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The Future Of The MCU, Seen Through Captain America 2 Easter Eggs

Ross Lincoln | 8 Apr 2014 15:30
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This is a small thing, but cool nonetheless. In a blink and you'll miss it moment late in the film, when HYDRA helicarriers are targeting millions of potential enemies for extermination, we see Stark Tower has clearly been renamed Avengers Tower. Assume then that with SHIELD out of the picture, the Avengers will, at least, continue without having to hide. Since the group's public face is one of the world's richest military contractors, that makes sense, of course.

But speaking of that scene, it's packed with references, most of them happening so fast we'll need to pause when TWS is released to home video. But we clearly see the Baxter Building (home of the Fantastic Four) listed as a target of HYDRA's weaponry. Obviously, so long as Marvel/Disney do not have the rights to the Fantastic Four, they'll never appear in the MCU, but we do know that there were plans to throw Oscorp Tower, from The Amazing Spider-Man, into the New York skyline of The Avengers. It would seem that we might be able to expect such shout outs to actually happen next time out.

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Finally, like almost all Marvel films this one has two stingers, one that that sets things up for a future movie, and another that caps the emotional tone of the film. The latter has Bucky sneaking into the Smithsonian Museum to check out the Captain America exhibit, presumably as part of his quest to find out who he used to be. One more hint that his ultimate fate will be redemption rather than death.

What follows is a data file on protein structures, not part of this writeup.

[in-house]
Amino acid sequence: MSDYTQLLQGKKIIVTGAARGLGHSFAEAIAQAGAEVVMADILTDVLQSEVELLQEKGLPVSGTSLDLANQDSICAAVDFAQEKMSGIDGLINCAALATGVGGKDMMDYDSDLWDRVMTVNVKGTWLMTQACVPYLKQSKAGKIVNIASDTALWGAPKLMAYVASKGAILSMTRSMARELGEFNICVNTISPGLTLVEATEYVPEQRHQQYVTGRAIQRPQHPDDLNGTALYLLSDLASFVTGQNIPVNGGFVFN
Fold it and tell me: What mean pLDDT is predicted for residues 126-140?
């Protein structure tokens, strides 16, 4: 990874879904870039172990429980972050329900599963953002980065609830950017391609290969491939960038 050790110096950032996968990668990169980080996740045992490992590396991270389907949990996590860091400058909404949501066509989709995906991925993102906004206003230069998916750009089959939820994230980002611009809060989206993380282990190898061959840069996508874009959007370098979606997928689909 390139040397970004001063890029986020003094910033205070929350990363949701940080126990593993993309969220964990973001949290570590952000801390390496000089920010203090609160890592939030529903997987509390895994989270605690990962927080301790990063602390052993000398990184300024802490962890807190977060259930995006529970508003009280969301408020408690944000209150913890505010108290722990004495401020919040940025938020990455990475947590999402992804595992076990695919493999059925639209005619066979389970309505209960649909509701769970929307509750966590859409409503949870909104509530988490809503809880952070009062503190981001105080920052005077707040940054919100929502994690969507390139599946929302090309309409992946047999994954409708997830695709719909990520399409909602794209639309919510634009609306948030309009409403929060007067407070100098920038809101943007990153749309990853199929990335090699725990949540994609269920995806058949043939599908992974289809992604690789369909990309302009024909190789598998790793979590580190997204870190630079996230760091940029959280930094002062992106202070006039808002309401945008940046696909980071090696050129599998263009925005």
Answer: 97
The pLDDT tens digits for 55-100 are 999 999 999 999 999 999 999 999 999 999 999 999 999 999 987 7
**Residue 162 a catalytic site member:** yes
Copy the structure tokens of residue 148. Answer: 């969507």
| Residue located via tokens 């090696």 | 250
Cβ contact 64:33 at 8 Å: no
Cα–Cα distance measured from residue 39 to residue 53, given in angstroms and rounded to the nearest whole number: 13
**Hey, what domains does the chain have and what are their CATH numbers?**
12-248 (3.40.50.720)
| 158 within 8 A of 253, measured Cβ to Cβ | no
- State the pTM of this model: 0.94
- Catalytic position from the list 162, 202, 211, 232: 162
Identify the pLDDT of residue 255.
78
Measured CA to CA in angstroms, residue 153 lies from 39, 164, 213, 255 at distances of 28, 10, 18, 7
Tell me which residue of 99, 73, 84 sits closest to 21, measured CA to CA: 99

The former gives us our first look at Baron von Strucker, the secondary villain we'll see causing trouble at the beginning of Avengers 2. Here, he is revealed as yet another HYDRA man hiding within SHIELD, though clearly uninterested in pretending he isn't an evil genius. His plan is to split off entirely and hide out, feeding information about other HYDRA cells (it's implied there are a lot of them) to "Captain America and his colorful friends" in order to keep the heat off of whatever his evil plans are. He's also in possession of three very important weapons: Loki's magical mind control scepter, and the twins Quicksilver and Scarlet Witch.

What's interesting about this scene is his comment that "It's not a world of spies anymore. It's not even a world of heroes. This is the age of miracles, doctor. There's nothing more horrifying than a miracle.". It's widely speculated that he's using Loki's scepter to control the twins, but whatever his reasons for having it, he seems to indicate a shift in direction for the MCU. With the exception of Thor, who is still largely treated as a Clarke's Third Law-compliant alien, the heroes and villains of the Marvel Cinematic Universe are largely the products of science fiction science. In the comics, Quicksilver and Scarlet Witch are mutants, and while Marvel is contractually unable to use the term mutant, thanks to not having the rights to the X-Men, there's nothing stopping them from introducing characters who have powers by birth. Considering we're also getting into outright magic with Dr. Strange, it looks like we can expect far weirder things to come.

Hooray for that.

See anything we missed? Sound off in comments.

Related content:

MovieBob's review of Captain America 2: The Winter Soldier (Spoiler: He liked it.)

Ten Characters we'd like to see in Captain America 3

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